SureScore was created in 1995 to serve students who could not afford expensive test preparation companies. The goal was to bring equity and access to college admissions. “We were puzzled why students in South Texas, who were valedictorians and salutatorians of their high schools, were receiving low scores on the SAT and ACT,” says Roy Nieto, SureScore CEO. “We learned that although these students were remarkably bright, they received little to no test preparation. We realized that, if the top kids were not getting much test prep, students below the top 10 percent probably got zero preparation,” he says. Roy observed that these students wanted to go to top colleges and universities, but if they were going to compete for admissions and scholarship opportunities, then they needed a rigorous college preparation experience. SureScore was created to provide those experiences and here Roy explains how it does just that.
Victor: Alright, let’s get things rolling—what does the name mean?
Roy: “SureScore” describes the feeling we wanted students to have in our prep classes. Today, SureScore means “equity and access” in college admissions. The SureScore team works with school districts to expand college preparation services beyond the top 10 percent of students. We want parents to know that if their district is working with SureScore, both the school district and SureScore is focused on creating a post-secondary pathway for their children. We create educational pathways for all students whether they are interested in pursuing Harvard or Stanford, or whether their goals are to pursue local educational opportunities.
Victor: What is it? Who exactly created it?
Roy: SureScore is a college preparation company focused on bringing “equity and access” to the college admissions process founded by two people. One founder of the company came from a nonprofit background and the other founder was a public school teacher who had test prep experience. Both individuals believed low-income students were not getting the test preparation experience required to increase their chances of college admissions and scholarships. Since that time, the mission of “equity and access to college admissions” has attracted passionate people who bring their talents to the company to help further our mission and bring it to a reality.
Victor: What does it do and what are some of the benefits?
Roy: SureScore partners with public schools to launch district-wide college preparation initiatives. The goal of SureScore is to provide every student, grades 3-12, with the structure and support they need to pursue their education after graduating from high school. Programs include rigorous vocabulary and math development, career and college planning, and test preparation for college admissions and college placement exams. All SureScore programs help students to make a connection between what they are learning in school and how it applies to their lives. That connection results in more students enrolling in college after high school graduation.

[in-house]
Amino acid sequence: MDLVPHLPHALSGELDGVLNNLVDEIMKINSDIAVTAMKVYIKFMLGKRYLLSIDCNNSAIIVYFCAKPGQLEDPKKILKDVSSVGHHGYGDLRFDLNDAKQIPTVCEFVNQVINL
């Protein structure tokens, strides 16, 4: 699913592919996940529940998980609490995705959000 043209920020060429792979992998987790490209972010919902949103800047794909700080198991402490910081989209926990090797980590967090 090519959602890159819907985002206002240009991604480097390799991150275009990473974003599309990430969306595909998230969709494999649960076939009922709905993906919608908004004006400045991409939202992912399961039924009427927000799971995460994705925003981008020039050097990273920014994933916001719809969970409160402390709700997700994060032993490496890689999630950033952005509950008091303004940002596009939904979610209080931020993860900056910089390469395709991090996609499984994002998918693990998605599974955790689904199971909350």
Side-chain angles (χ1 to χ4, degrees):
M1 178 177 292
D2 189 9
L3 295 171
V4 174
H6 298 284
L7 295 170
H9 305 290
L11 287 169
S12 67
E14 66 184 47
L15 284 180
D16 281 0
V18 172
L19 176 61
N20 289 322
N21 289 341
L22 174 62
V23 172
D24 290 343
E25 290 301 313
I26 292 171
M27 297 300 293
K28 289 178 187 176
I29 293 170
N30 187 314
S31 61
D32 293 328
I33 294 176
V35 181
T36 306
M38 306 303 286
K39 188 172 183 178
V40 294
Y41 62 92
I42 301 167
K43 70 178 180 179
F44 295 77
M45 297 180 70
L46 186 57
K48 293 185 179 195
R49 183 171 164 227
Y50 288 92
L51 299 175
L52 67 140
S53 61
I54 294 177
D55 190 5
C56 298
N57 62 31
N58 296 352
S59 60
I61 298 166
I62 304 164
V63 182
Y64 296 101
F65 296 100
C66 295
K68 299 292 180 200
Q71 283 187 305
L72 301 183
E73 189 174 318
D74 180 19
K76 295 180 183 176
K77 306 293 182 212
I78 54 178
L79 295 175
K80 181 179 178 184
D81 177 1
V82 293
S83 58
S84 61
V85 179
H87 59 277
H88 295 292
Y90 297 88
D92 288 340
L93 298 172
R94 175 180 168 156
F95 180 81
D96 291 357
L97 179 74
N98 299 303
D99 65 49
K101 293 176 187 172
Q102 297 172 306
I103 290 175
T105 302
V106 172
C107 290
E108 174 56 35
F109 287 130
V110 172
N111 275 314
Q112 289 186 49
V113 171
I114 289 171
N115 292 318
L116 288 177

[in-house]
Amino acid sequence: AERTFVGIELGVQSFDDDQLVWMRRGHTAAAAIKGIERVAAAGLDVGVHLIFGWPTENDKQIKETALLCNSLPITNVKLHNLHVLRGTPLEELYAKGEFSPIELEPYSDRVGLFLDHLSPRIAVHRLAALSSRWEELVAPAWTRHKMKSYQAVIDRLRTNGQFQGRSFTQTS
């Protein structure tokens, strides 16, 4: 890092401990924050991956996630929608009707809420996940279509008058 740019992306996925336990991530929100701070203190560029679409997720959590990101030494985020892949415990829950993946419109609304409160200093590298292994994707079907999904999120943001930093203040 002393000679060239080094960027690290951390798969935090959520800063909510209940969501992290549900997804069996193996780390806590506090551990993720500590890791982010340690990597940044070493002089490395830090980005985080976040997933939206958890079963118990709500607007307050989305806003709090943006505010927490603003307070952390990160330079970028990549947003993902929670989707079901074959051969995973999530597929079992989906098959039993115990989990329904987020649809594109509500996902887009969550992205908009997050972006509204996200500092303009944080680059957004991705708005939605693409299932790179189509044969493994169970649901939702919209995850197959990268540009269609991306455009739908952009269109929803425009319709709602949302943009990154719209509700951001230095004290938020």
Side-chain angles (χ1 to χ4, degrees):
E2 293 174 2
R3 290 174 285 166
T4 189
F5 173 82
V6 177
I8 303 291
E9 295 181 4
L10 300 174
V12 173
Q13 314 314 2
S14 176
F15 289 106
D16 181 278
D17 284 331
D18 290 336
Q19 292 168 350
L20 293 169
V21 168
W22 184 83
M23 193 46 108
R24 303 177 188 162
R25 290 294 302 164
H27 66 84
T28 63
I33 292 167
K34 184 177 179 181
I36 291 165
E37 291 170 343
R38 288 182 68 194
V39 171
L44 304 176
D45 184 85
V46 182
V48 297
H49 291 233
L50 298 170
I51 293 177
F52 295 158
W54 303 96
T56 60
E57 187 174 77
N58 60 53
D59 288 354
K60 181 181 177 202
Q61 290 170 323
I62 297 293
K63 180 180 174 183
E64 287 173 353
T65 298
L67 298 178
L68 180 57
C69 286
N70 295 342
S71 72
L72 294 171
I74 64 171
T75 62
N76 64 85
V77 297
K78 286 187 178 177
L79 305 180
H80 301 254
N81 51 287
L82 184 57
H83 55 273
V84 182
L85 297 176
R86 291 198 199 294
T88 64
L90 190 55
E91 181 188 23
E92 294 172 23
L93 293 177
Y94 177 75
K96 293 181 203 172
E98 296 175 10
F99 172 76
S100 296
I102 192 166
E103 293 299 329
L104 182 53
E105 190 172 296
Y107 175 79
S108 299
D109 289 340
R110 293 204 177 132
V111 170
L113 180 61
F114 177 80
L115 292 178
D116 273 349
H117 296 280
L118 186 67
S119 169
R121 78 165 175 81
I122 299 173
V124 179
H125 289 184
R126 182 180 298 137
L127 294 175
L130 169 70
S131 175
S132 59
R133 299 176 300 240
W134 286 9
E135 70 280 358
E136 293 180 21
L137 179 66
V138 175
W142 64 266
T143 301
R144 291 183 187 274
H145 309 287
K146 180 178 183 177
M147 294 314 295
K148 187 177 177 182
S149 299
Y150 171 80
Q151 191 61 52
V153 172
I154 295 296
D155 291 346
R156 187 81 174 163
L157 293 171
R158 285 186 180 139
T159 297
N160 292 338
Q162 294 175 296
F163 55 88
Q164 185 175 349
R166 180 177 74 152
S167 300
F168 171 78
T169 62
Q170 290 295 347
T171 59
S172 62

Victor: How is it unique from other similar products or services? What companies do you see as in the same market?
Roy: Most companies in this arena are focused on test preparation for the SAT and ACT. SureScore’s focus is first-generation college applicants, and the needs of that population extend beyond simply test preparation. SureScore provides college advisement, career and college exploration, academic vocabulary development, parent training, counselor training, and excellent professional development for teachers. A second key feature that makes us unique is the way our curriculum is developed. It is a modularized-curriculum that gives school districts flexibility in the implementation process and lots of customization features that lead to larger amounts of students impacted on campuses. It is not uncommon for a school district with three high schools to have three different implementation models on each campus. Our job is to work within the school district structure and help support each individual campus.
Victor: When was it developed? Anything interesting in its development history?
Roy: SureScore started as a retail company selling less expensive courses than the existing test prep companies in the mid-90s. However, we learned private courses were unattainable more many students. They were either too expensive or the students struggled to attend after-school sessions as they managed work schedules, after-school activities, or child-care responsibilities. Therefore, we began working with schools to offer college preparation classes during the school day. As the company grew, initiatives like GEAR UP (Gaining Early Awareness and Readiness for Undergraduate Programs) emerged and helped expand the goal of college preparation for all students.